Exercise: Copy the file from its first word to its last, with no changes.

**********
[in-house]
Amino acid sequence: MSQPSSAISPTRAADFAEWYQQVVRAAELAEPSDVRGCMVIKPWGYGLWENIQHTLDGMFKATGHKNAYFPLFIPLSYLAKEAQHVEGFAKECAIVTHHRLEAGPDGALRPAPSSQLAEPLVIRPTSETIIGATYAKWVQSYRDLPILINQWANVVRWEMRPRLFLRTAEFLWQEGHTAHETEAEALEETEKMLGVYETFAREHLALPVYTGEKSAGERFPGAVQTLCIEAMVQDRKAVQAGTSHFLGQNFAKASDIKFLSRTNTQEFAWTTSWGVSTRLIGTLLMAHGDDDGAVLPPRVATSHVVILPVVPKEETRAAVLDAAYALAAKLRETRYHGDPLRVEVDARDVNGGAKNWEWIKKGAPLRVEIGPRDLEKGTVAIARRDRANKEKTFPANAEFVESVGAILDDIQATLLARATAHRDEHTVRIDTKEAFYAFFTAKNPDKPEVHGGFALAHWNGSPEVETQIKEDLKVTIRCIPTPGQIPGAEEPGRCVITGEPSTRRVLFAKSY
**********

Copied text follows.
[in-house]
Amino acid sequence: MSQPSSAISPTRAADFAEWYQQVVRAAELAEPSDVRGCMVIKPWGYGLWENIQHTLDGMFKATGHKNAYFPLFIPLSYLAKEAQHVEGFAKECAIVTHHRLEAGPDGALRPAPSSQLAEPLVIRPTSETIIGATYAKWVQSYRDLPILINQWANVVRWEMRPRLFLRTAEFLWQEGHTAHETEAEALEETEKMLGVYETFAREHLALPVYTGEKSAGERFPGAVQTLCIEAMVQDRKAVQAGTSHFLGQNFAKASDIKFLSRTNTQEFAWTTSWGVSTRLIGTLLMAHGDDDGAVLPPRVATSHVVILPVVPKEETRAAVLDAAYALAAKLRETRYHGDPLRVEVDARDVNGGAKNWEWIKKGAPLRVEIGPRDLEKGTVAIARRDRANKEKTFPANAEFVESVGAILDDIQATLLARATAHRDEHTVRIDTKEAFYAFFTAKNPDKPEVHGGFALAHWNGSPEVETQIKEDLKVTIRCIPTPGQIPGAEEPGRCVITGEPSTRRVLFAKSY